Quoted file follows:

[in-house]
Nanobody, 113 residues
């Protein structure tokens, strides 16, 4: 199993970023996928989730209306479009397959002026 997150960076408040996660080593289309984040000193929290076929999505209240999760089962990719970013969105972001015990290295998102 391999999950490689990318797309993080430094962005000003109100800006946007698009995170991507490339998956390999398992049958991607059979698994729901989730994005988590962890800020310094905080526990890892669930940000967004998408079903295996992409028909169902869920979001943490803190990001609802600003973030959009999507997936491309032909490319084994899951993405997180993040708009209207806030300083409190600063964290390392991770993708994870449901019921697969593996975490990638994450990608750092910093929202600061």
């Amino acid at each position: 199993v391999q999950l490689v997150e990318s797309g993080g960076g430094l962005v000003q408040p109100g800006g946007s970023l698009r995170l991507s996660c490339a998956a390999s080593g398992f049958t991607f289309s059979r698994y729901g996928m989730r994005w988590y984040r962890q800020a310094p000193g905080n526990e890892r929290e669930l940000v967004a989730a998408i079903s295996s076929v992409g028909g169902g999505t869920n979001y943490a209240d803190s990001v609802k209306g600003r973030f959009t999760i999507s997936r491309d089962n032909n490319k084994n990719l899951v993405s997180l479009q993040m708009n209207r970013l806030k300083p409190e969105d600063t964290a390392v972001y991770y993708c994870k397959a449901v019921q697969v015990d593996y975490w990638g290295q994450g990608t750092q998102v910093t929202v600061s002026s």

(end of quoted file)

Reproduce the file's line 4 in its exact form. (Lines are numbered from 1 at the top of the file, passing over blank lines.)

């Amino acid at each position: 199993v391999q999950l490689v997150e990318s797309g993080g960076g430094l962005v000003q408040p109100g800006g946007s970023l698009r995170l991507s996660c490339a998956a390999s080593g398992f049958t991607f289309s059979r698994y729901g996928m989730r994005w988590y984040r962890q800020a310094p000193g905080n526990e890892r929290e669930l940000v967004a989730a998408i079903s295996s076929v992409g028909g169902g999505t869920n979001y943490a209240d803190s990001v609802k209306g600003r973030f959009t999760i999507s997936r491309d089962n032909n490319k084994n990719l899951v993405s997180l479009q993040m708009n209207r970013l806030k300083p409190e969105d600063t964290a390392v972001y991770y993708c994870k397959a449901v019921q697969v015990d593996y975490w990638g290295q994450g990608t750092q998102v910093t929202v600061s002026s």